Up-and-Comers 2017: SA Ignite’s Laser Focus on Regulatory Optimization | Healthcare Informatics Magazine | Health IT | Information Technology Skip to content Skip to navigation

Up-and-Comers 2017: SA Ignite’s Laser Focus on Regulatory Optimization

May 26, 2017
by David Raths
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Each year, to accompany our Healthcare Informatics 100 list of the largest companies in U.S. health information technology, we profile six fast-growing companies that could very well make The 100 in the future.

The growth trajectory of these startups suggests they could have a significant impact in health information technology. Most have drawn strong interest from venture capitalists. Others are coming at seemingly intractable problems in healthcare from completely new angles. The next such company on this year’s list is Chicago-based SA Ignite.

Editor’s note: All of the 2017 up-and-comer stories can be read, as they come out this week, right here.

Tom Lee, Ph.D. has built a solid company around creating software nicknamed the “TurboTax for Meaningful Use,” because it makes regulatory compliance easier for health systems. His Chicago-based SA Ignite shows no signs of slowing down as the industry moves into the age of MACRA and MIPS. The story of how SA Ignite grew to assisting thousands of providers involves a combination of hard work, good timing and know-how.

Lee had experience working for telecom startups in California, but when he was attending the Kellogg School of Management at Northwestern University, two things shaped his career future as he was trying to decide how he would focus his entrepreneurial energies. One was that his young son developed a serious health issue that required hospitalization; the other was a student project in which he worked with a Federally Qualified Health Center (FQHC) in Chicago to help them understand why their electronic health record was not being used properly. After those two experiences, Lee decided he would focus his energies on healthcare solutions. He named the company with the first initials of his two children’s names because they “ignited” his effort.

Because of his experience at the FQHC in Chicago, he became a consultant to the Northwestern School of Medicine as it was named a Regional Extension Center (REC) to help 2,000 providers attest to Meaningful Use requirements. “We were a one-and-a-half-person company and got a significantly large contract to help the REC,” he says. He also got a chance to work with leaders at the Office of the National Coordinator for Health IT.

Tom Lee, Ph.D.

“That is where I stumbled upon an opportunity,” Lee recalls. “I realized someone has to organize all these Meaningful Use measure data elements.” The EHR vendors had a lot of things on their plate just trying to get certified, much less figure out reporting problems. Health systems were trying to build their own spreadsheets and analytics because vendors were not going to be able to do it on time. “I looked at the situation, and created a little Excel-based tool and gave it out for free,” Lee says. “People said it was fantastic but started asking for more features. We went on to build what became known as Meaningful Use Assistant in the cloud, which was basically  TurboTax for Meaningful Use — and that analogy still applies as we work on other value-based care programs.”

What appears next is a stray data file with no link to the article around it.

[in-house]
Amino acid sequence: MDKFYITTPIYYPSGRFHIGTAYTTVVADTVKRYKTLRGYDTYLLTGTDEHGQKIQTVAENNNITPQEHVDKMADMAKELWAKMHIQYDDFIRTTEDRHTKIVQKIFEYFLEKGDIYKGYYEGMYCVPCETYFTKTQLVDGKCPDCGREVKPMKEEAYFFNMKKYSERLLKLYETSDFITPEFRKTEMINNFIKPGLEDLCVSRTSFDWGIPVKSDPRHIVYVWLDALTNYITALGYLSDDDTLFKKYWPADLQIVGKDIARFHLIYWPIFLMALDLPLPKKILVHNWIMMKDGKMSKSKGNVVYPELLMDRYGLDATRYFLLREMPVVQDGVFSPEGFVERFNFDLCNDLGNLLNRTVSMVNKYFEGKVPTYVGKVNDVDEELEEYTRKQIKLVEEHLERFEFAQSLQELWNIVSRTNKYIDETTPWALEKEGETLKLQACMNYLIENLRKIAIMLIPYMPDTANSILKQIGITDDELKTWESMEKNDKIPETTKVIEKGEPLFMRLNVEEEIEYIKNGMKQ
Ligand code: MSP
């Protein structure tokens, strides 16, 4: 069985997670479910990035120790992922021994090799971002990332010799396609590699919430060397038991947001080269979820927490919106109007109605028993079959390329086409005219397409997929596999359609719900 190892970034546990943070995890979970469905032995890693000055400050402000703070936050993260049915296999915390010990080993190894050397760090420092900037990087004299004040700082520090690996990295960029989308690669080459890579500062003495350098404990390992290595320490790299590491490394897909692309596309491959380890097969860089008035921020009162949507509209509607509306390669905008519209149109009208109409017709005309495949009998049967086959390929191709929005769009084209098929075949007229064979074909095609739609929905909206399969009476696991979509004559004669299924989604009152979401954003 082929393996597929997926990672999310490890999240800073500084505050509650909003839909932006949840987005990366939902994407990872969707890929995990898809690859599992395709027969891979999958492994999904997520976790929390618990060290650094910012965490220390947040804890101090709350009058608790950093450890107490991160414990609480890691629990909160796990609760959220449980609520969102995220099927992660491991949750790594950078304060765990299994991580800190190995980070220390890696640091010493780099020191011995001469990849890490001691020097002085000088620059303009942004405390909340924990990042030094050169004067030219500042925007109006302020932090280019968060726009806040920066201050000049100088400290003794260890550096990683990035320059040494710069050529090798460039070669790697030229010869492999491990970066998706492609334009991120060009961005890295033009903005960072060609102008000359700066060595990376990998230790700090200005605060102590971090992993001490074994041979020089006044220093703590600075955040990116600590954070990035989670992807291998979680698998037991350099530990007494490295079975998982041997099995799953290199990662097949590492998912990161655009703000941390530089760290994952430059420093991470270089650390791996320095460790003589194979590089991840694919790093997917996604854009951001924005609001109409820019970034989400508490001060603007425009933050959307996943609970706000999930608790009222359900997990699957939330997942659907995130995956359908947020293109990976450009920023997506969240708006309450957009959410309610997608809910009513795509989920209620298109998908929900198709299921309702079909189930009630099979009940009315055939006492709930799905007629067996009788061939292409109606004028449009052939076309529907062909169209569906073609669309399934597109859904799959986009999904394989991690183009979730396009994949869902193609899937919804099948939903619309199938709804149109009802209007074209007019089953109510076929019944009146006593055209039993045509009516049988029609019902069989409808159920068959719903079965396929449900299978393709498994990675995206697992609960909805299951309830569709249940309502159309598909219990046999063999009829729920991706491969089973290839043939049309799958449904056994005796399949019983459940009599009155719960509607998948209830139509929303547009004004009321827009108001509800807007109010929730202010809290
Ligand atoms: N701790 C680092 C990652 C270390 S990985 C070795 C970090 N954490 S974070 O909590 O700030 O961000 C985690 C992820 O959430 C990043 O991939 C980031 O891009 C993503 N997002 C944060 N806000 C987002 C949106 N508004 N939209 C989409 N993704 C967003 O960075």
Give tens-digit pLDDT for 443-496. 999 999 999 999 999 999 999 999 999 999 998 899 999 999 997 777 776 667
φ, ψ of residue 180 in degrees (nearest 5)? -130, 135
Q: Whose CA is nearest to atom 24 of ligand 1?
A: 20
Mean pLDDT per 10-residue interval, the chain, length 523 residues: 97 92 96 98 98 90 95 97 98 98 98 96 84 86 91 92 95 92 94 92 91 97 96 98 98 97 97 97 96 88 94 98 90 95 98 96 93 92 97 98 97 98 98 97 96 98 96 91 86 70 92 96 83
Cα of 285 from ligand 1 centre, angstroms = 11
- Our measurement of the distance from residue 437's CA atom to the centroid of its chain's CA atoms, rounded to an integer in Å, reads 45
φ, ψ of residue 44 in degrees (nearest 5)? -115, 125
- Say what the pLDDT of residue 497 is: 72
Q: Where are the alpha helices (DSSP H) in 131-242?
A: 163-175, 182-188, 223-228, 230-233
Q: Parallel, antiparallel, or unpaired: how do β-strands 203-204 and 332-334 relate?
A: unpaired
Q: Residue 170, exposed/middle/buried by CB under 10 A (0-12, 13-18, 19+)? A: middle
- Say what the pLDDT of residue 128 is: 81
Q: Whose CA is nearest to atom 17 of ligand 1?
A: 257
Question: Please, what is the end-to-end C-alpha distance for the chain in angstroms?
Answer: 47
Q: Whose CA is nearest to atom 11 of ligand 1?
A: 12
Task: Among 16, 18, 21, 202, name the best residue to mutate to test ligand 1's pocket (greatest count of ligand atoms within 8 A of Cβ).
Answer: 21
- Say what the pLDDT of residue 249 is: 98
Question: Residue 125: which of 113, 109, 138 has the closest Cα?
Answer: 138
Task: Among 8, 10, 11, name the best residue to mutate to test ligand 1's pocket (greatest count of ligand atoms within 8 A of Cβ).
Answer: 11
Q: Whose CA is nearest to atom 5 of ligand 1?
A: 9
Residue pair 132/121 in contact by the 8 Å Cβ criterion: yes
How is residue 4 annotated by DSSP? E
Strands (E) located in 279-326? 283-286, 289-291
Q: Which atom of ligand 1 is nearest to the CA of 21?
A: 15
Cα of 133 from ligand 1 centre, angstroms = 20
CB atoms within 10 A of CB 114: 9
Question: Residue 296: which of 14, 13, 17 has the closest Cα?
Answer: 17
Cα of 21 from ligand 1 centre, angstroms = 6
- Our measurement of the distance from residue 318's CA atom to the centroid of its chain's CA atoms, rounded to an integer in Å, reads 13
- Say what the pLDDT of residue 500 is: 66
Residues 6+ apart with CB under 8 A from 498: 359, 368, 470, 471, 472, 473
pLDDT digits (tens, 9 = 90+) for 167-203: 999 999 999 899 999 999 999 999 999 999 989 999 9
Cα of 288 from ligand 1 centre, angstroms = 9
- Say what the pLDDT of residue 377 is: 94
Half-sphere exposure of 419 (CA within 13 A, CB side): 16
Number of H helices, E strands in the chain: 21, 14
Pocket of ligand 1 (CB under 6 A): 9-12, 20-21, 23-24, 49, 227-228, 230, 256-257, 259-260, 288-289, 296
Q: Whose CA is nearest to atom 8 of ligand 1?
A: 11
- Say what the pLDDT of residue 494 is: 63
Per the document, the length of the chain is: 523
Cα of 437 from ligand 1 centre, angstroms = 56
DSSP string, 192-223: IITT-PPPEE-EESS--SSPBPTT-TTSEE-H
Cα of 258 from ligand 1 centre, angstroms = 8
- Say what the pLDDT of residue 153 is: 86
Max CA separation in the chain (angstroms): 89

Lee’s team marketed the tool directly to medical groups. One early client was a large multispecialty group in Iowa. “They took a chance on us when the product was still in the design phase in the middle of 2010,” he says.  “We transitioned out of consulting to RECs and became a software vendor,” he recalls.  Early on, SA Ignite signed a deal with Intermountain Healthcare. “How often does a company the size of Intermountain sign a deal with a 7-person company? It was because we had the right product at the right time. Intermountain is still a client today,” he says.

Although it had one institutional investor, SA Ignite remained a tightly held company as it grew to 10,000 providers at 50 organizations. Its customers started asking for similar solutions for two other regulatory programs, the Physician Quality Reporting System (PQRS) and the Value-Based Modifier from Medicare Part B. So the company created solutions for those programs as well and grew to 14,000 providers.

Then in the spring of 2015 came the MACRA legislation. “Essentially with MIPS, they legislated right down our product roadmap,” Lee says. “They combined three programs we were already working on into something called the MIPS score. We started the month after the MACRA legislation was passed and well before there was any work done on the proposed rule. We have a large following and every month 1,000 people are on our MIPS webinar. Some organizations encounter our educational material, and they think this is a consulting firm, but really we are a cloud software company. They then realize we have a way to automate all this stuff and a track record in the things that comprise MIPS.”

The company has grown to 50 employees and is working on new features to offer its customers. “Because we have been doing value-based care management reporting for so long, we have predictive analytics capability to do things like predict what your MIPS score is going to be,” Lee explains. “People want to track that performance down to the individual clinician level, and understand where the low-hanging fruit is—and which measures they should put their effort in to maximize their scores.”

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